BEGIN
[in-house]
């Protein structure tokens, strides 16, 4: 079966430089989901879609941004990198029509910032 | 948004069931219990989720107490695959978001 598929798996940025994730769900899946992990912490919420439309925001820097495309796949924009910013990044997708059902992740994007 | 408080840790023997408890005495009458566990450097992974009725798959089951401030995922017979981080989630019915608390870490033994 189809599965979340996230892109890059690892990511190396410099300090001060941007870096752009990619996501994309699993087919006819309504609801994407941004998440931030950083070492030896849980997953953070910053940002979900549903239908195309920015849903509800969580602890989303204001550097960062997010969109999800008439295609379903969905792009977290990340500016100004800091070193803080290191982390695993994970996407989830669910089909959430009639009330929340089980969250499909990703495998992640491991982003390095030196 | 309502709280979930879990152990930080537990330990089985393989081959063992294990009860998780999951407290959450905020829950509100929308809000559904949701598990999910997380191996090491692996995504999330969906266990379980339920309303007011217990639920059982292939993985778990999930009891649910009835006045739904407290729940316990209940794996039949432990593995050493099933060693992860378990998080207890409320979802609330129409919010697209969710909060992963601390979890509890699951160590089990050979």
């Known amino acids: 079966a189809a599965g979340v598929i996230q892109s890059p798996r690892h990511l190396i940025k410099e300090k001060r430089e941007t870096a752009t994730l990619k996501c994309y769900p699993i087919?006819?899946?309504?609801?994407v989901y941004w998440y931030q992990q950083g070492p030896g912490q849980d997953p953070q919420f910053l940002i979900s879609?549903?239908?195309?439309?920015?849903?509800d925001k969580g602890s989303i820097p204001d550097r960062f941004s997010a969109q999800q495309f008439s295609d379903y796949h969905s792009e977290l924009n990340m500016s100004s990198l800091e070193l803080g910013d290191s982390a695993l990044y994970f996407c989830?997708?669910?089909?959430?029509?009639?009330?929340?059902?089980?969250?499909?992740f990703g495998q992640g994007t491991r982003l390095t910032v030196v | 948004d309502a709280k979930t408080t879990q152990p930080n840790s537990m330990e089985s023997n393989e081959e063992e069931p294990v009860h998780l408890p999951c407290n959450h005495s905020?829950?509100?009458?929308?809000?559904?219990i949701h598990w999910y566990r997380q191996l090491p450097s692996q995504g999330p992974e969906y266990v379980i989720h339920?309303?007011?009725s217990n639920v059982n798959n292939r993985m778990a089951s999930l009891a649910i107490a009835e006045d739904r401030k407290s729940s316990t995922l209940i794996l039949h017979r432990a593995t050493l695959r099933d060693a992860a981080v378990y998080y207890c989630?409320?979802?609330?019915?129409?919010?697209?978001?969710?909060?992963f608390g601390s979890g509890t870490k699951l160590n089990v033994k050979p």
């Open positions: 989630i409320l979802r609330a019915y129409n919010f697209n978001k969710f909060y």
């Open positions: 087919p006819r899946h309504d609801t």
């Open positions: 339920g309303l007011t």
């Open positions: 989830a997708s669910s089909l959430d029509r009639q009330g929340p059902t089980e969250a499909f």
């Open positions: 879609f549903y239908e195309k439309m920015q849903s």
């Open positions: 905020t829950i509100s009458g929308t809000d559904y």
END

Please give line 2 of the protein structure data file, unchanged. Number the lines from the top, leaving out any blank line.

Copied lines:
């Protein structure tokens, strides 16, 4: 079966430089989901879609941004990198029509910032 | 948004069931219990989720107490695959978001 598929798996940025994730769900899946992990912490919420439309925001820097495309796949924009910013990044997708059902992740994007 | 408080840790023997408890005495009458566990450097992974009725798959089951401030995922017979981080989630019915608390870490033994 189809599965979340996230892109890059690892990511190396410099300090001060941007870096752009990619996501994309699993087919006819309504609801994407941004998440931030950083070492030896849980997953953070910053940002979900549903239908195309920015849903509800969580602890989303204001550097960062997010969109999800008439295609379903969905792009977290990340500016100004800091070193803080290191982390695993994970996407989830669910089909959430009639009330929340089980969250499909990703495998992640491991982003390095030196 | 309502709280979930879990152990930080537990330990089985393989081959063992294990009860998780999951407290959450905020829950509100929308809000559904949701598990999910997380191996090491692996995504999330969906266990379980339920309303007011217990639920059982292939993985778990999930009891649910009835006045739904407290729940316990209940794996039949432990593995050493099933060693992860378990998080207890409320979802609330129409919010697209969710909060992963601390979890509890699951160590089990050979």